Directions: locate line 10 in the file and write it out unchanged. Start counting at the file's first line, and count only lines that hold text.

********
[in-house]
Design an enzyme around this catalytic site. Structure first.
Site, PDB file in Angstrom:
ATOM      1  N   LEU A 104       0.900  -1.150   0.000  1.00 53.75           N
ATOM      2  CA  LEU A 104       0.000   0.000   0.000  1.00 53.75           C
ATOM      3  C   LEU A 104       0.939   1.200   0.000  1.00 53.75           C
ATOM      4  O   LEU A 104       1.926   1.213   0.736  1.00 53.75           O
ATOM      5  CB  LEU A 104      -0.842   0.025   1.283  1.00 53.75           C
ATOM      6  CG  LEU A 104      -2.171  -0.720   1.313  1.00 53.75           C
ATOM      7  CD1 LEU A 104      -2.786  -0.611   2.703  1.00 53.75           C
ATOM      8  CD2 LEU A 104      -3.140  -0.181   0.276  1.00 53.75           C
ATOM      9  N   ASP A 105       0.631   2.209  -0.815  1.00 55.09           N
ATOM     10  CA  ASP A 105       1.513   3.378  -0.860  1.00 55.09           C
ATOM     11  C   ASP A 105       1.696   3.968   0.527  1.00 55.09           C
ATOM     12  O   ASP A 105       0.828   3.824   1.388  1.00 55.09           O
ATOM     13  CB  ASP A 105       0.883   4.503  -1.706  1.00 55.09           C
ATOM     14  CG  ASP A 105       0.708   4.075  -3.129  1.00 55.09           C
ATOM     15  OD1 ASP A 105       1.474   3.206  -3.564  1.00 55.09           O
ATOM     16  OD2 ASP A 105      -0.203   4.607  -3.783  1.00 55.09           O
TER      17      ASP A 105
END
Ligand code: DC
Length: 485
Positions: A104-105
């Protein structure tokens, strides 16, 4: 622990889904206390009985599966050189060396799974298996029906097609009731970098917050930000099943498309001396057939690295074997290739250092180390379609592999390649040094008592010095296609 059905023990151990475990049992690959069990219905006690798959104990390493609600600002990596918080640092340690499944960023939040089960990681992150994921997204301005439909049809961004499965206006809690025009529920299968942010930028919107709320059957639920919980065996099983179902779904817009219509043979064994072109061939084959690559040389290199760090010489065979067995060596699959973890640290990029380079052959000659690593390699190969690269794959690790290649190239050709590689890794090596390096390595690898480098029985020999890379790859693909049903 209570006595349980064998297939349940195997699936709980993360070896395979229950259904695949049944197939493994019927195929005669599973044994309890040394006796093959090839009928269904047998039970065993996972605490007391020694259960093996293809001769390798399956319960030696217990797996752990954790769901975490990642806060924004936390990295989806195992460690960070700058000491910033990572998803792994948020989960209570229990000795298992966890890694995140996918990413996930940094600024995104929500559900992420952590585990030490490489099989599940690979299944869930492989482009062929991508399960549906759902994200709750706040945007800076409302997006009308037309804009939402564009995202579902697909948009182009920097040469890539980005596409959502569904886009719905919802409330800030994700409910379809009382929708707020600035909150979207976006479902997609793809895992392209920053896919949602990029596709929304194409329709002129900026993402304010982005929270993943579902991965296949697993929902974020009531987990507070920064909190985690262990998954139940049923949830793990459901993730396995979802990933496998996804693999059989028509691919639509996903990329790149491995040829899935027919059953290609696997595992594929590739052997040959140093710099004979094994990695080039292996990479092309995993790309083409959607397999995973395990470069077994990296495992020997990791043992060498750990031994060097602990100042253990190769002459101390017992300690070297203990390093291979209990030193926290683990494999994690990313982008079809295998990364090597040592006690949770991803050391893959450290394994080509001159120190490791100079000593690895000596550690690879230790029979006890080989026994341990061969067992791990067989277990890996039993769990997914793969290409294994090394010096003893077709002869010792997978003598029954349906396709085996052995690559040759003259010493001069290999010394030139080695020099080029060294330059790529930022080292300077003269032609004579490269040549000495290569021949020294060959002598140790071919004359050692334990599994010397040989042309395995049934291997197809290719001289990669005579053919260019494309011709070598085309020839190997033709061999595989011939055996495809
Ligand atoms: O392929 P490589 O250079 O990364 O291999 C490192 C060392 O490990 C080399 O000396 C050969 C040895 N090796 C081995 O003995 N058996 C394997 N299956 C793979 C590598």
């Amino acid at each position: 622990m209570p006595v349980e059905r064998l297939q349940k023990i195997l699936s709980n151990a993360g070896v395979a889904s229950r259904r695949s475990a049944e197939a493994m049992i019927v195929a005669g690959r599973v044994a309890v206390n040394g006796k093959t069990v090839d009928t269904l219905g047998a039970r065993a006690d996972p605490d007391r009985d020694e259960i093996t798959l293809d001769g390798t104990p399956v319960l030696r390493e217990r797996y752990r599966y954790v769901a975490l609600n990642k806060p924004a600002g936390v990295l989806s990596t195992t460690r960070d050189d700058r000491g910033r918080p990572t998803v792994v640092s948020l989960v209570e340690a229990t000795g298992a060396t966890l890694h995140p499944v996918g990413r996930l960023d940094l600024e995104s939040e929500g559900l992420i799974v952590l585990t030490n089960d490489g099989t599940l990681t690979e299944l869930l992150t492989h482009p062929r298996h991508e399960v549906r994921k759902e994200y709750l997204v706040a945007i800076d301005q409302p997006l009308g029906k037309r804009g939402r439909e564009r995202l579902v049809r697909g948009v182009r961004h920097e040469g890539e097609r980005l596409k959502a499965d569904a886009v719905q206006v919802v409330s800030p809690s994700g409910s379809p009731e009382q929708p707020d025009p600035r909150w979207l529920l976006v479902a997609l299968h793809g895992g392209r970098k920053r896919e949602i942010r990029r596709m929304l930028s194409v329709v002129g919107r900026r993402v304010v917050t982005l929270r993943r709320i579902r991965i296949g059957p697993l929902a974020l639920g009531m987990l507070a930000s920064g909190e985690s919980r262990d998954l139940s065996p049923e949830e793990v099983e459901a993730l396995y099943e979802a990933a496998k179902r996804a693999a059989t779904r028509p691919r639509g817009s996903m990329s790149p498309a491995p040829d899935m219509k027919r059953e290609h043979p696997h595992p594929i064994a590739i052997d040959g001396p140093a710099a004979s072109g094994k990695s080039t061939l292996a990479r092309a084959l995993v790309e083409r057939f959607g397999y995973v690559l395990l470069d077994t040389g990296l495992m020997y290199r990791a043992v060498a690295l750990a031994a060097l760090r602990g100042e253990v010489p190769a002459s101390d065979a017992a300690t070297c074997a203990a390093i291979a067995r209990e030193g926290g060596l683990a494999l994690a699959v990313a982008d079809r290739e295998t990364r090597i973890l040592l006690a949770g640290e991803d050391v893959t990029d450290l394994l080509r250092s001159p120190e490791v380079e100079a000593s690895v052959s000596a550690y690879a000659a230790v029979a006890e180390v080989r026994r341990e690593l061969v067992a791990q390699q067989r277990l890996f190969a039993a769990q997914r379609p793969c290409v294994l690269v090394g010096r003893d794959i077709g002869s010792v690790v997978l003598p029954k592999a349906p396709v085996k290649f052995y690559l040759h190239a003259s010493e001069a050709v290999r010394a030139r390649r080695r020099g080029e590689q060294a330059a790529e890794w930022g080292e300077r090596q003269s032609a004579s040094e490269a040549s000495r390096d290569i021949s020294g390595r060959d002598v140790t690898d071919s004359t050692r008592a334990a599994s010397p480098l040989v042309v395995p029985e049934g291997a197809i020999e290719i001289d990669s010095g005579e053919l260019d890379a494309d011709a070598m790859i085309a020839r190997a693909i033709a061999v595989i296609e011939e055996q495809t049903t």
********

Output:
ATOM      7  CD1 LEU A 104      -2.786  -0.611   2.703  1.00 53.75           C